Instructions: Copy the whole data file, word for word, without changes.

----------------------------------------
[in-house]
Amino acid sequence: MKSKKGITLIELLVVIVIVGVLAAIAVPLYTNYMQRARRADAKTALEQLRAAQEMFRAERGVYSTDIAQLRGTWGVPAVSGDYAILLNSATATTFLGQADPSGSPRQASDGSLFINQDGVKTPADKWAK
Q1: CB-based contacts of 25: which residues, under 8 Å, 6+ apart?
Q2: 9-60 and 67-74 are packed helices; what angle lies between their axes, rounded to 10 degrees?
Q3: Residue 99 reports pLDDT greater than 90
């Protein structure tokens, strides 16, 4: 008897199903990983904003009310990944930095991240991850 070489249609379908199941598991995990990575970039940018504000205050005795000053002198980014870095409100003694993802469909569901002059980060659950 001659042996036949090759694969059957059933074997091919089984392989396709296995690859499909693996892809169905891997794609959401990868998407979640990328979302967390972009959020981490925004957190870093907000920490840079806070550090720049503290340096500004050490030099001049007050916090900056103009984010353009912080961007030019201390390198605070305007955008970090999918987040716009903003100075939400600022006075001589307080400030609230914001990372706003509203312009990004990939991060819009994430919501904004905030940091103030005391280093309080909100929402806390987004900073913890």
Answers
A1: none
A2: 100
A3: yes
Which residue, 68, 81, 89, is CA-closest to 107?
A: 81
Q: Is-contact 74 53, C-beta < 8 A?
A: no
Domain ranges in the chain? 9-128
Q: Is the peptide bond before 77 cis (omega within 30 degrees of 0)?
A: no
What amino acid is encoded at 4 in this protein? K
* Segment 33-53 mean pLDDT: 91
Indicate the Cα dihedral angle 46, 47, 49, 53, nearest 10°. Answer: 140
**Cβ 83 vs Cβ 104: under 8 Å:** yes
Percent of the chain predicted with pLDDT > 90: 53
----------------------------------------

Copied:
[in-house]
Amino acid sequence: MKSKKGITLIELLVVIVIVGVLAAIAVPLYTNYMQRARRADAKTALEQLRAAQEMFRAERGVYSTDIAQLRGTWGVPAVSGDYAILLNSATATTFLGQADPSGSPRQASDGSLFINQDGVKTPADKWAK
Q1: CB-based contacts of 25: which residues, under 8 Å, 6+ apart?
Q2: 9-60 and 67-74 are packed helices; what angle lies between their axes, rounded to 10 degrees?
Q3: Residue 99 reports pLDDT greater than 90
């Protein structure tokens, strides 16, 4: 008897199903990983904003009310990944930095991240991850 070489249609379908199941598991995990990575970039940018504000205050005795000053002198980014870095409100003694993802469909569901002059980060659950 001659042996036949090759694969059957059933074997091919089984392989396709296995690859499909693996892809169905891997794609959401990868998407979640990328979302967390972009959020981490925004957190870093907000920490840079806070550090720049503290340096500004050490030099001049007050916090900056103009984010353009912080961007030019201390390198605070305007955008970090999918987040716009903003100075939400600022006075001589307080400030609230914001990372706003509203312009990004990939991060819009994430919501904004905030940091103030005391280093309080909100929402806390987004900073913890």
Answers
A1: none
A2: 100
A3: yes
Which residue, 68, 81, 89, is CA-closest to 107?
A: 81
Q: Is-contact 74 53, C-beta < 8 A?
A: no
Domain ranges in the chain? 9-128
Q: Is the peptide bond before 77 cis (omega within 30 degrees of 0)?
A: no
What amino acid is encoded at 4 in this protein? K
* Segment 33-53 mean pLDDT: 91
Indicate the Cα dihedral angle 46, 47, 49, 53, nearest 10°. Answer: 140
**Cβ 83 vs Cβ 104: under 8 Å:** yes
Percent of the chain predicted with pLDDT > 90: 53